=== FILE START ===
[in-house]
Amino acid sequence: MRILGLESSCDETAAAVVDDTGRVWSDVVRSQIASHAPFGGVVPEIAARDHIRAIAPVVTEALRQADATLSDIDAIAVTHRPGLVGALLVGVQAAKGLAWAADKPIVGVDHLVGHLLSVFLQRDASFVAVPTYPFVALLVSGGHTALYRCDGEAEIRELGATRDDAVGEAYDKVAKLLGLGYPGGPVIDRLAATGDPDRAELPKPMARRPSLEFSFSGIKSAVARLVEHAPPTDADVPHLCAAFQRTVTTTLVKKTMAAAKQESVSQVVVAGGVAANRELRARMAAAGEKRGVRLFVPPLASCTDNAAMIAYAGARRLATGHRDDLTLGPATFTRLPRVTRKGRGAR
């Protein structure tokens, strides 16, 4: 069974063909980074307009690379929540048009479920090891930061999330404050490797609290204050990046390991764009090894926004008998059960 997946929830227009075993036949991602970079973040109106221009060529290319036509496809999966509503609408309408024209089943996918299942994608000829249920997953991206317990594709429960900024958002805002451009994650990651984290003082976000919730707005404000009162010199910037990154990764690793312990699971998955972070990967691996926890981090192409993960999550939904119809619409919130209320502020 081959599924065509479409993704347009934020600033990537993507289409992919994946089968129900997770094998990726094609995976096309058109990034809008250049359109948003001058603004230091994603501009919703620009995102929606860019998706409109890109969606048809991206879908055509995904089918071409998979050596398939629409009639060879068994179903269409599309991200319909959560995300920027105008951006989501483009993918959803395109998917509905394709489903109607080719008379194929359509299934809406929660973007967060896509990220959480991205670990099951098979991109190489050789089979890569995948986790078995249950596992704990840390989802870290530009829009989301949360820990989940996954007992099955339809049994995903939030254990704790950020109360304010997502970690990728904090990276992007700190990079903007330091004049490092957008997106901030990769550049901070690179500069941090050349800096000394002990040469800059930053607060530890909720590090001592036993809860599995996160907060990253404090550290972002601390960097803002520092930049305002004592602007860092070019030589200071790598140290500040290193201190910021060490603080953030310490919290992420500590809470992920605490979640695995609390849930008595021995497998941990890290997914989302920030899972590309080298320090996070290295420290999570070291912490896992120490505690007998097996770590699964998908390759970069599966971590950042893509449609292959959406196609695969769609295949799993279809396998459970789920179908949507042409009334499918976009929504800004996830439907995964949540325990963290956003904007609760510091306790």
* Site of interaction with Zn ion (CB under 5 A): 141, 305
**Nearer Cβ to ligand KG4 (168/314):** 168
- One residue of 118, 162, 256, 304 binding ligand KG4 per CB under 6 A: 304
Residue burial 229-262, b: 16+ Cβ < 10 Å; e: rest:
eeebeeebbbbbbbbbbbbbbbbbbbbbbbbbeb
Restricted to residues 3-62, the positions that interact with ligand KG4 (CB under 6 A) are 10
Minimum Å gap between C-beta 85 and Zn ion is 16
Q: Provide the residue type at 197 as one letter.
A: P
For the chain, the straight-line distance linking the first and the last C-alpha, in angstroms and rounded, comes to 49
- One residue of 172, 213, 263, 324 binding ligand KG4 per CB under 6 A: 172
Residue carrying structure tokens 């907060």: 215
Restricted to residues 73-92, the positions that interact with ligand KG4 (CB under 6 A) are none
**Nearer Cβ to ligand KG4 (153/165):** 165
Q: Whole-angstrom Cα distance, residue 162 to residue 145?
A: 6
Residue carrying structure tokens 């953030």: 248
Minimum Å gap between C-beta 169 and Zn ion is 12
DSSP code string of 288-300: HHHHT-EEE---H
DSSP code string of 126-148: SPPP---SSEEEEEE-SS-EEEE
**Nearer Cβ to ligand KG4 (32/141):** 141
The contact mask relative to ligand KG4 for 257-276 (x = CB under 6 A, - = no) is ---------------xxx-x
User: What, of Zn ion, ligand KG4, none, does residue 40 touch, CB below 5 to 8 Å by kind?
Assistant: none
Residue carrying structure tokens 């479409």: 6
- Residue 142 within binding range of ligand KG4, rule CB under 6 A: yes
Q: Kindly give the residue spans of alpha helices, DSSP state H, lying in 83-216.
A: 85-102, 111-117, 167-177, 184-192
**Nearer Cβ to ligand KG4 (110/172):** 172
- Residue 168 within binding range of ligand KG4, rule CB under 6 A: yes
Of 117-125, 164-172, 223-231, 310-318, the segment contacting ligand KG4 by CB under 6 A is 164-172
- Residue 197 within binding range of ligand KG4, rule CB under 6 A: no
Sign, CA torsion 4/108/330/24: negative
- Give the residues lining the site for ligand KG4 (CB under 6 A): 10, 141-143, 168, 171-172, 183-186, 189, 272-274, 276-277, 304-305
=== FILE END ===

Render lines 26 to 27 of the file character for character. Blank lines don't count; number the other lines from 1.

User: What, of Zn ion, ligand KG4, none, does residue 40 touch, CB below 5 to 8 Å by kind?
Assistant: none